When the device is battery powered, the CPU os the Matebook X Pro never exceeded 70°C during our benchmark tests and reached almost 90°C in our tests when it was connected to a power supply. The device tends to overheat on the top left of keyboard, right above the ESC key. In some situations you should be careful not to rest your hands in this area since it gets scalding hot.
In normal everyday use overheating isn’t a problem , and the two fans installed above the heatpipe do a good job of keeping everything cool without making too much noise.
Beware of high volume levels...
This device has perhaps the best speakers in its class , or at least that’s what it feels like. The Matebook X Pro has four strategically placed speakers (two used for treble and two for bass): the two “tweeters” shoot music up to the sides of the keyboard, while the “woofers” are oriented downwards, but are in the same position as the other speakers.
The result is a full-bodied, above-average volume sound. Well done, Huawei!
Long working days without a charger
The Matebook’s battery is 57.4 Wh, a high value compared to its main 13/14” competitors (MacBook, Surface Laptop, Acer Swift 7, Dell XPS…). A high specification value isn’t always indicative of good battery life, but in this case, Huawei is able to deliver on its promises. The Matebook X Pro has never left me hanging , ever after intense 8-hour working days, and I've even managed to reach 10 hours of average use without using the 65W USB Type-C charger.
When using heavier programs such as Adobe Creative Suite, 3D CAD or when playing games, the battery will drain in less than half the time, but that's normal. During some light video editing (without final rendering) the ultrabook can reach up to 6 hours of autonomy (but don’t overdo special effects or color correction).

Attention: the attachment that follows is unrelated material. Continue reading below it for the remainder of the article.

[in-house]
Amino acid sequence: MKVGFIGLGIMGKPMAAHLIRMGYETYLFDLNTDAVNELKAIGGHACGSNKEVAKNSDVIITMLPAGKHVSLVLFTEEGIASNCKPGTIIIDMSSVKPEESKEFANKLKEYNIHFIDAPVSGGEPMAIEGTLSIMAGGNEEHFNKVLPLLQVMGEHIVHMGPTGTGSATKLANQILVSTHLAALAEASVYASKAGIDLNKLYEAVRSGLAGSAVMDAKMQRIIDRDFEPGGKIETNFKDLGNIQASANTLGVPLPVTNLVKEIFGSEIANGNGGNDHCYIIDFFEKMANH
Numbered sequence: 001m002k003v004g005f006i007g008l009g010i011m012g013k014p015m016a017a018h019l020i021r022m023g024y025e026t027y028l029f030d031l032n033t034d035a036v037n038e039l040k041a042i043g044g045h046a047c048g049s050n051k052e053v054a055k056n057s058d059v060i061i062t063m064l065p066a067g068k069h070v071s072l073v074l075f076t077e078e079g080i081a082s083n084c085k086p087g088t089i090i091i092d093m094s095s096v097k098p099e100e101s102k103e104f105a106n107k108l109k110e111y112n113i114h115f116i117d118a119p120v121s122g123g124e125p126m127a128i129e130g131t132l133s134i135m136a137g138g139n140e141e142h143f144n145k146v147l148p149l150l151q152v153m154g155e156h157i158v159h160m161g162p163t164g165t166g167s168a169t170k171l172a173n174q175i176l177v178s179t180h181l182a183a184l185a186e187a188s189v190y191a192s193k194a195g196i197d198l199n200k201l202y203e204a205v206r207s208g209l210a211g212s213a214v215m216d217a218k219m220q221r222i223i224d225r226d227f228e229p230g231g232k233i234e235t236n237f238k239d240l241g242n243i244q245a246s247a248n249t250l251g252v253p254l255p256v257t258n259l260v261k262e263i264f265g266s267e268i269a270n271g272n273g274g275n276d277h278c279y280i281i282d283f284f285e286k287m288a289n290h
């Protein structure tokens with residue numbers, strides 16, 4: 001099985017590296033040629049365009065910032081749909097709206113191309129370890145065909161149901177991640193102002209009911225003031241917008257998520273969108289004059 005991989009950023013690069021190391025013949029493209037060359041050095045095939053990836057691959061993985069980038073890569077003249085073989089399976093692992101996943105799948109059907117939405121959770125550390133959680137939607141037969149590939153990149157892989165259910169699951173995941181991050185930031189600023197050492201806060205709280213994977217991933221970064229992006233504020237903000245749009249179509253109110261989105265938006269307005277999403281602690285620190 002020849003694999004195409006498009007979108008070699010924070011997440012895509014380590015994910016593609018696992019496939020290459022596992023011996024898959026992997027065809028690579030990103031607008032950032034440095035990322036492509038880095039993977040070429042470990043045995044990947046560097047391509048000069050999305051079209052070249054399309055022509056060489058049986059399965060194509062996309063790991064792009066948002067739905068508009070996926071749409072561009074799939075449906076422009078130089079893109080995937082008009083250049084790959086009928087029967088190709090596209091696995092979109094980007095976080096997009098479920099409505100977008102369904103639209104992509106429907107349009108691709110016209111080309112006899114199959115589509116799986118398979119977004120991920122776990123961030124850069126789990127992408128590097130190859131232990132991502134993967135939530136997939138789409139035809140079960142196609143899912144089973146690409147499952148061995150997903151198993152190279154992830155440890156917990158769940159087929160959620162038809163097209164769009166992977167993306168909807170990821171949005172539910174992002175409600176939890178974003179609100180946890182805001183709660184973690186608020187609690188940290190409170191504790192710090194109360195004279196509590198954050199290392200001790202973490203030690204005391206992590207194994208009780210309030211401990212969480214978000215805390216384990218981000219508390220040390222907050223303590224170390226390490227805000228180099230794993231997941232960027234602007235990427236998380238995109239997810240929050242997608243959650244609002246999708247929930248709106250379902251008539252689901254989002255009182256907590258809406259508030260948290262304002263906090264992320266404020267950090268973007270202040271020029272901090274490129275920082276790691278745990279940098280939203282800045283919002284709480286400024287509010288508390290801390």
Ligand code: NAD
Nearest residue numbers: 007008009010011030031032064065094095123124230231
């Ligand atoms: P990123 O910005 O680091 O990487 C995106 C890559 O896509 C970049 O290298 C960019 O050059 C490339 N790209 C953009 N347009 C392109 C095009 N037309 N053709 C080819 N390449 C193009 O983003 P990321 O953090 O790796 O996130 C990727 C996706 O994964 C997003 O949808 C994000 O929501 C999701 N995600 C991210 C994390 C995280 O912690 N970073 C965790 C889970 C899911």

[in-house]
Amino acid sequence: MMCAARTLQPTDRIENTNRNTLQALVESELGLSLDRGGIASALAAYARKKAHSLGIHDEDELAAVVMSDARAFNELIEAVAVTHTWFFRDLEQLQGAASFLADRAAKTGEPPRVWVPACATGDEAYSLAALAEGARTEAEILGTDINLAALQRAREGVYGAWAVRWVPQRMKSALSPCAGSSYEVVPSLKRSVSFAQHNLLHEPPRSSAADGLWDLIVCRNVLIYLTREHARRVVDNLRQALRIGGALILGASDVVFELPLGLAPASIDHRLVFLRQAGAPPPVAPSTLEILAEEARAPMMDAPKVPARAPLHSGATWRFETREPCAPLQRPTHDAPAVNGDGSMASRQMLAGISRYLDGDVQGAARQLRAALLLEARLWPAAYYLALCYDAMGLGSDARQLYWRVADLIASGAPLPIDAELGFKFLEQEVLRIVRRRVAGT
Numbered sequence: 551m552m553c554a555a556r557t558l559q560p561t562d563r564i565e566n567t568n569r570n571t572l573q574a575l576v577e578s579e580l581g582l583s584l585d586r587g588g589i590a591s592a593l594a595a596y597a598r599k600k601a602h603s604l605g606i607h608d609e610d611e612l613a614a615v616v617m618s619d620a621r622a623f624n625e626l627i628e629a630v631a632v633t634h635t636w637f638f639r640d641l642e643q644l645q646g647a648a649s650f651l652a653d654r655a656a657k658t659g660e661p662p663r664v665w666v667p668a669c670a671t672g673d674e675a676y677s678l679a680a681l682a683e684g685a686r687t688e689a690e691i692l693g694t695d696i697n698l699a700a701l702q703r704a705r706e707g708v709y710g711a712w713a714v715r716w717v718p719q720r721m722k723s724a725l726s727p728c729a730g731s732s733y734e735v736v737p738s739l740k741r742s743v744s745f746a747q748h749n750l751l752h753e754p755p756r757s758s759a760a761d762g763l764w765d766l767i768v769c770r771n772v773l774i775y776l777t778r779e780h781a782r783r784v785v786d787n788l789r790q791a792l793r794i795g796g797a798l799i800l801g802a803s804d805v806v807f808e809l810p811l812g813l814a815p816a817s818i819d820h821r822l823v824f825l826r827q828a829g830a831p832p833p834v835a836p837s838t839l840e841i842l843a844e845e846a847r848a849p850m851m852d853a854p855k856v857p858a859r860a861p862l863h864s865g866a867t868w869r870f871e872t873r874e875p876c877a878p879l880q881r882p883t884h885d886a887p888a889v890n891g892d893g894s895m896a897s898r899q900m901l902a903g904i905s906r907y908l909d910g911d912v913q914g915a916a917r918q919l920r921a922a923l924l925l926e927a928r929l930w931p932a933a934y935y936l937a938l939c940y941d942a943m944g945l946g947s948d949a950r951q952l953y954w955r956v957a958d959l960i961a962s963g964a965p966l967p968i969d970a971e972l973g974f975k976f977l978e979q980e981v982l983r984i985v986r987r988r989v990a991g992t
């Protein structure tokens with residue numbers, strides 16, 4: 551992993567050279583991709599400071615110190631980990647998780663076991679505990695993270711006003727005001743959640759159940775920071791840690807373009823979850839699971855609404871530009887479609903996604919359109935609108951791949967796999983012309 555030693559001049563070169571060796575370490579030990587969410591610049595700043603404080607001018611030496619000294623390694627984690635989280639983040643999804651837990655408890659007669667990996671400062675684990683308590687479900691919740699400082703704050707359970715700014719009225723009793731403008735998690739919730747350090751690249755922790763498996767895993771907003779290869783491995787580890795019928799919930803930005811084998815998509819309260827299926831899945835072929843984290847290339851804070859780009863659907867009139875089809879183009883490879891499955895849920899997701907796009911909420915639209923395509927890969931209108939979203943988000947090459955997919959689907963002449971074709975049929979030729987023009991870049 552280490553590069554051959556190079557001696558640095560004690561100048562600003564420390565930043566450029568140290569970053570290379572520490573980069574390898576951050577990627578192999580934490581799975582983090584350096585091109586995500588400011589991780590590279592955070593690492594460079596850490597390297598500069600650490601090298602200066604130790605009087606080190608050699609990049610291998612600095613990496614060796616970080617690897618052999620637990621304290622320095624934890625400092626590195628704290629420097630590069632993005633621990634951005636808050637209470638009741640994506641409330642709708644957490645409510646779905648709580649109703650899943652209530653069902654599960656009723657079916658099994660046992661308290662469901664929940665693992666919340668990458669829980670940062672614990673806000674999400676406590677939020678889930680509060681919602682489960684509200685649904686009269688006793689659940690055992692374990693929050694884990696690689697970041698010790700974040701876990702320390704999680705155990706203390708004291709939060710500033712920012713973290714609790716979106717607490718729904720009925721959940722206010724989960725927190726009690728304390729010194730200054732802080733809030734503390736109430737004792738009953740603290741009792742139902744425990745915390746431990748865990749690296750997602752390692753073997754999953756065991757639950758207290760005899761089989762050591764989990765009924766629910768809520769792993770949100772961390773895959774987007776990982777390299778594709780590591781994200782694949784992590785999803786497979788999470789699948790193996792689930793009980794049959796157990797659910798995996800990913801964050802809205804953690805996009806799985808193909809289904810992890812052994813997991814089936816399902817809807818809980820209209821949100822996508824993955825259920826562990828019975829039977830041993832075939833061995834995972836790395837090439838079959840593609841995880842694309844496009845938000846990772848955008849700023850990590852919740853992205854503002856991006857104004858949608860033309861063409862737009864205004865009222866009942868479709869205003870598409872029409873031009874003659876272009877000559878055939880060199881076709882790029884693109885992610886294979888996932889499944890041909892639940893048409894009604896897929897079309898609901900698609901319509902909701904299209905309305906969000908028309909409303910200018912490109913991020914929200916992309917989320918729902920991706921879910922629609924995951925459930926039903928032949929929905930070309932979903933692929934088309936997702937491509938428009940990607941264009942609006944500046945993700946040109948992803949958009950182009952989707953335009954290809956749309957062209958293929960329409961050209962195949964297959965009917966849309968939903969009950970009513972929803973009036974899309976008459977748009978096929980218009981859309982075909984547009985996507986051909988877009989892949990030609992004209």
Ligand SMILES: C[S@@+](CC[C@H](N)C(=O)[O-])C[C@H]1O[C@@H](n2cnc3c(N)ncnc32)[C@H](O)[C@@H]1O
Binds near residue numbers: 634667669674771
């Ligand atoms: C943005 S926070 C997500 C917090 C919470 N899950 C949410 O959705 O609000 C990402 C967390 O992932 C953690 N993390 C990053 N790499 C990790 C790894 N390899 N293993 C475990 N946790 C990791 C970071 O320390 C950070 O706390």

Expansions and upgrades aren't easy
Think carefully about which Matebook X Pro you'd buy. RAM, CPU and GPU are soldered to the motherboard and aren't replaceable. The only possible future upgrade is the NVMe SSD, which can be changed and upgraded at a later date, but there isn't space for a second disc on this device.
It's also not easy to repair the device. If the SSD fails you can replace it yourself, but for other kinds of issues you'll need to send your Matebook to Huawei for a replacement of the motherboard.
The ultrabook of your dreams that you probably won't buy
But let’s get straight to the point: $1,500 isn’t a number you can afford to joke about. Very few people are willing to spend that much money on a laptop, and within this niche of people, there are even fewer people who would spend this on something that isn’t a Macbook (for most people, the Apple logo justifies this expenditure, and in some cases I agree on this point).
So the Huawei Matebook X Pro is trapped in limbo. It’s not a cheap laptop, although it’s not the most expensive in its class. It’s not a gaming laptop despite its high power. The benchmarks speak for themselves and the device is very portable, but it’s not a portable workstation, since it can’t handle large workloads for a sustained time without beginning to throttle due to its slim and sophisticated design.
The Matebook X Pro is a phenomenal laptop that’s able to survive without batting an eye to the workload that most people would put on it and has no real weaknesses (except the gaming performance). Unfortunately, most of the people who would find this laptop as phenomenal as I do likely would never buy it because of the budget required to purchase it.
It might be suitable for people who already have a powerful console or workstation and would use the laptop as a secondary machine: it’s a beautiful, exaggerated, powerful, light, expensive and above all unnecessary secondary machine, but it’s absurdly beautiful and it’s a pleasure to use it every day.
The Huawei Matebook X Pro is a dream ultrabook, and for many of us, it will remain buried in our dreams.